Prelude to Political Economy: A Study of the Social and Political Foundations of Economics
Mainstream economics was founded on many strong assumptions. Institutions and politics were treated as immaterial, government as exogenous, social norms as epiphenomena. As the horizons of economic inquiry have broadened, these assumptions have become hindrance rather than aid. If we want to understand why some economies succeed and some fail, why some governments are effective and others not, why some communities prosper while others stagnate, it is essential to view economics as embedded in politics and society. This is a study of this embeddedness; it argues for an inclusive approach to institutions and the state. Modern economics recognizes that individuals' pursuitof their own selfish ends can result in socially suboptimal outcomes - the "Prisoners Dilemma" being the stark example. It has been suggested that what we need in such an eventuality is third-party intervention, which can take the form of imposing punishment on players. Kaushik Basu objects to this method of wishing third parties out of thin air.
Other editions - View all
Prelude to Political Economy: A Study of the Social and Political ...
Limited preview - 2000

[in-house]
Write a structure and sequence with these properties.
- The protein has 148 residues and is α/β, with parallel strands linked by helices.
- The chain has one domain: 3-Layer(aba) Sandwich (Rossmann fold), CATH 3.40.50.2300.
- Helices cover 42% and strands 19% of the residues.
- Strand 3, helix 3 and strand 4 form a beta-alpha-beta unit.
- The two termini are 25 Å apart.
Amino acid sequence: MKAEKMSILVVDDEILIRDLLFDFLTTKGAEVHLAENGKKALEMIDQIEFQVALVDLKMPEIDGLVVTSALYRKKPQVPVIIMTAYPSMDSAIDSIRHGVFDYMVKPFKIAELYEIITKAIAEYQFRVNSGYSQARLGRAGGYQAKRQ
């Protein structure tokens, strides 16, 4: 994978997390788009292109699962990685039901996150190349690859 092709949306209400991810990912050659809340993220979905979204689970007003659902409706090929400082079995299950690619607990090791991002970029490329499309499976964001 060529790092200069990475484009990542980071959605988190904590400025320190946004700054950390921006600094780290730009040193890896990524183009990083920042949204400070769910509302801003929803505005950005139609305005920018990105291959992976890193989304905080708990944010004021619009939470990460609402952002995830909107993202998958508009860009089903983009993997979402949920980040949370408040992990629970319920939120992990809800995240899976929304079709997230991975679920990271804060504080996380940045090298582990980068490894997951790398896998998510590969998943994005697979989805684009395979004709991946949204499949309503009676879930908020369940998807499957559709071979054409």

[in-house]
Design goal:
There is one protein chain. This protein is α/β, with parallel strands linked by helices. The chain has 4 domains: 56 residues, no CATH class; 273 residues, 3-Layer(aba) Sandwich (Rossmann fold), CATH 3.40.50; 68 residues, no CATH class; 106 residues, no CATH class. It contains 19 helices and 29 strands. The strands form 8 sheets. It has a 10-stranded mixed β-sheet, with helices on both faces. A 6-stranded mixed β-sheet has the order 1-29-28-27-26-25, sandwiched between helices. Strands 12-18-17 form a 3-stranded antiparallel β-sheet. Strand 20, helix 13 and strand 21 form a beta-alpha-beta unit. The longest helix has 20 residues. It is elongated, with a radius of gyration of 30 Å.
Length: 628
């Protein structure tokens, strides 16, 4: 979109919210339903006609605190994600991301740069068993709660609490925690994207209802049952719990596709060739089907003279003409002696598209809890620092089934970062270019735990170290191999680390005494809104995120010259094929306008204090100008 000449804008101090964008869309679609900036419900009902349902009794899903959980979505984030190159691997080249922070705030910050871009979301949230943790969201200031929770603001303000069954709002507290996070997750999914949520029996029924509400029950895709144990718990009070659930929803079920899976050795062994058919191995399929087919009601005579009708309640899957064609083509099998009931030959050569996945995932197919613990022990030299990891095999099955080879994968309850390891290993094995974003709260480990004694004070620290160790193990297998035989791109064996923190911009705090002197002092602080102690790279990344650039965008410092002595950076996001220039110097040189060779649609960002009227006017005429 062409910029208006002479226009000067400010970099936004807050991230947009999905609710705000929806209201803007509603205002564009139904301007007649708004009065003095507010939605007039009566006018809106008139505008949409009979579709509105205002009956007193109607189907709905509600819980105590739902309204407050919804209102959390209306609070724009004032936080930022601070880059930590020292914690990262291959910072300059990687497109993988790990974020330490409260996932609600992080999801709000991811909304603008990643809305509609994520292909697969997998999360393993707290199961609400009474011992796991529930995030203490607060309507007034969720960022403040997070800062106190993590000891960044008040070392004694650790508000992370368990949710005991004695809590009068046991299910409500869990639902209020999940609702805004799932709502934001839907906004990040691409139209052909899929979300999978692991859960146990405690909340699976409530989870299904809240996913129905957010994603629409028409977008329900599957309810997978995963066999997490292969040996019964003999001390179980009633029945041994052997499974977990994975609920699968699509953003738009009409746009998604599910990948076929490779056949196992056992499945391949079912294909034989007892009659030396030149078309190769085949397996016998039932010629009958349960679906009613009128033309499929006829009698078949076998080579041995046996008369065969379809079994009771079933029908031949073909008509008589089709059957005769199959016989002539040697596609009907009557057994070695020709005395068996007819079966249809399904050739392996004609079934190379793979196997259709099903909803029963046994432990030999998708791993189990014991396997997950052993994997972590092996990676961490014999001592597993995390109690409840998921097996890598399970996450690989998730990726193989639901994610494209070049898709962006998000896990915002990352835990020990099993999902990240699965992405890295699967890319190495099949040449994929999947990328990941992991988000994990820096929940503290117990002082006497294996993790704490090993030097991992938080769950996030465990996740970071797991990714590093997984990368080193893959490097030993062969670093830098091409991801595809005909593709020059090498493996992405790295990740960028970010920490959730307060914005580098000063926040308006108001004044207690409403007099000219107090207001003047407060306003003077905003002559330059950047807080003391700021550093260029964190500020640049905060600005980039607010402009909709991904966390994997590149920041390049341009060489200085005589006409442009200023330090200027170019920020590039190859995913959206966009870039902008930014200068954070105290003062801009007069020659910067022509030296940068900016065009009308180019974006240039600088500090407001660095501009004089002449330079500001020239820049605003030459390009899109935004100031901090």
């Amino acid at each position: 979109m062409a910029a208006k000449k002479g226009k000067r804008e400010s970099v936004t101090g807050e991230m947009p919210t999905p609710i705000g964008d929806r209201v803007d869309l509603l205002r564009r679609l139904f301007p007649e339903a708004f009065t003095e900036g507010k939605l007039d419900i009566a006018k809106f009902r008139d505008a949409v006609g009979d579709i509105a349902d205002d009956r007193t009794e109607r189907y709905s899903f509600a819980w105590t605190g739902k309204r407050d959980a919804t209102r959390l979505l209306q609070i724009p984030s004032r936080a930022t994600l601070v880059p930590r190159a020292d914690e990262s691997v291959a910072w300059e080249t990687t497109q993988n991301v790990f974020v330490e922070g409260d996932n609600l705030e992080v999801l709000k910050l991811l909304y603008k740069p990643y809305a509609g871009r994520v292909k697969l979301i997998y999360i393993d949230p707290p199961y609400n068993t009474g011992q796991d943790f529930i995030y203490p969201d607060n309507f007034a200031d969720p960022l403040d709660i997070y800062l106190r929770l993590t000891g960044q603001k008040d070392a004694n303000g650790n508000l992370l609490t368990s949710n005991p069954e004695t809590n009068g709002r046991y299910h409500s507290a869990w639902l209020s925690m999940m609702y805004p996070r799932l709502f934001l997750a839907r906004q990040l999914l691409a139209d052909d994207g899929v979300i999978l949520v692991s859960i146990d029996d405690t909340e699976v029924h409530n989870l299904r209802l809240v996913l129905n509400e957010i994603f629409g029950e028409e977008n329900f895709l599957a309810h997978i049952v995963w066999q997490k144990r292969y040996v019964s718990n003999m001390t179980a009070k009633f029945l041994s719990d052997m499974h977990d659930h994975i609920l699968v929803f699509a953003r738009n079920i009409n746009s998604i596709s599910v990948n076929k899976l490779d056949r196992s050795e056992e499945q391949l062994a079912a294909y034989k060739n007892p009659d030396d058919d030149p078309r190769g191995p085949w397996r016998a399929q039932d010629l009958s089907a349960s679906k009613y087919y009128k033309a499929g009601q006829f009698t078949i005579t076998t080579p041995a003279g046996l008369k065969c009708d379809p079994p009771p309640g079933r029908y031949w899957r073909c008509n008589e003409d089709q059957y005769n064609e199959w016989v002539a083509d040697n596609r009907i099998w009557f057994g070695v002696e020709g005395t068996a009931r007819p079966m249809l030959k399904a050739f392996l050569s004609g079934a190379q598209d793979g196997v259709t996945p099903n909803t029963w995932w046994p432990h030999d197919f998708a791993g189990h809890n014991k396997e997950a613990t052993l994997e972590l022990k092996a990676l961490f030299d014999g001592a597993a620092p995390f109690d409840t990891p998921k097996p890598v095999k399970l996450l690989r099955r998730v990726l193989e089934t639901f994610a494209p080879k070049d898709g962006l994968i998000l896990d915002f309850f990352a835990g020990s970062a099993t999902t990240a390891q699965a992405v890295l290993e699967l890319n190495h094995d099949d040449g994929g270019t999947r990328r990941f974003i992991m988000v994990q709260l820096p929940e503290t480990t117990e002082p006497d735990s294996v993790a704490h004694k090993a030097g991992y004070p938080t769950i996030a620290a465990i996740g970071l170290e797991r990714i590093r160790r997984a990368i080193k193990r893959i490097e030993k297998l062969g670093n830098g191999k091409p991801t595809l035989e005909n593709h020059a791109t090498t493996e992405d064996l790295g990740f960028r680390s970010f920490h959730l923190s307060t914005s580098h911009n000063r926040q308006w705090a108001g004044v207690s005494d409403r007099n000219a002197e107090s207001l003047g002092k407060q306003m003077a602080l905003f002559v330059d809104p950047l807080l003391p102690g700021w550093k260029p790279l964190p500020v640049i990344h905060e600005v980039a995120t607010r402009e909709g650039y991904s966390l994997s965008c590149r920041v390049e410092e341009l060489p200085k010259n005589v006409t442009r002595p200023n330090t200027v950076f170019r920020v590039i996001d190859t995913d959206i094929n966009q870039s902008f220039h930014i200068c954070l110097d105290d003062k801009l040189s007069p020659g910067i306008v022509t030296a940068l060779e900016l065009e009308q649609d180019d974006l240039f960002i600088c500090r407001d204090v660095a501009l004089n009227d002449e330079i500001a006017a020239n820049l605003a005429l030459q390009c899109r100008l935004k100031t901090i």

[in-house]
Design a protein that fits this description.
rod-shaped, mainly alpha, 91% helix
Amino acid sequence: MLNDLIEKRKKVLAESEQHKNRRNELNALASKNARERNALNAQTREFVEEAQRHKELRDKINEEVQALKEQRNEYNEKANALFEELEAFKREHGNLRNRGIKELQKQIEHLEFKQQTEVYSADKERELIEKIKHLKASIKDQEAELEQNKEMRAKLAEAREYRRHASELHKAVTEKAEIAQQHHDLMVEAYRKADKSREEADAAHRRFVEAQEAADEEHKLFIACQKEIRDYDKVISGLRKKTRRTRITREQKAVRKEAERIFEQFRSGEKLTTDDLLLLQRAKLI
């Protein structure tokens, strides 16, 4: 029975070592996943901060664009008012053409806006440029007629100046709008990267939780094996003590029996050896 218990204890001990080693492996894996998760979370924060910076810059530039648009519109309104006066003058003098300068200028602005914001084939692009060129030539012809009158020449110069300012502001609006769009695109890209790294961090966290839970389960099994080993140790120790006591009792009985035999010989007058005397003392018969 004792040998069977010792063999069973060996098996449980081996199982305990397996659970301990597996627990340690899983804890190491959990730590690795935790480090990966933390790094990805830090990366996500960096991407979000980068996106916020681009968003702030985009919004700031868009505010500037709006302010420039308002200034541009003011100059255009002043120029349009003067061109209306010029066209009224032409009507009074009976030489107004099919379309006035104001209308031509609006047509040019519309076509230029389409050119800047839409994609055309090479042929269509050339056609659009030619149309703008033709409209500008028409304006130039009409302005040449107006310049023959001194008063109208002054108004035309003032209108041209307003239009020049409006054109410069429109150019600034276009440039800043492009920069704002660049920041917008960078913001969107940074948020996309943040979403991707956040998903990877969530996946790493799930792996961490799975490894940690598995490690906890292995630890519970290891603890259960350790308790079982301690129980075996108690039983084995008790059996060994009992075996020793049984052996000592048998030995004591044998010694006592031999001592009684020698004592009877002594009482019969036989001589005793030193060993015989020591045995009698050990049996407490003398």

actions actually advice adviser agent allow analysis answer approach argued argument assume assumption behavior beliefs better called Chapter choice choose clear concept consider contracts course definition depends described determinism Dilemma discussed economics economists effect enforce equilibrium example existence expect explain fact follows formal freedom function give given happens Hence human idea important individuals influence instance institutions interesting kind knowledge matter maximize means moral move Nash equilibrium natural never norms Note occurs once outcome payoff person play player political positive possible preference principle problem question rationality reason relation restricted result rules seems sense simply social social norms society speech standard statement strategy Suppose tell theory tion trade true turn units utilitarianism utility violate welfare White write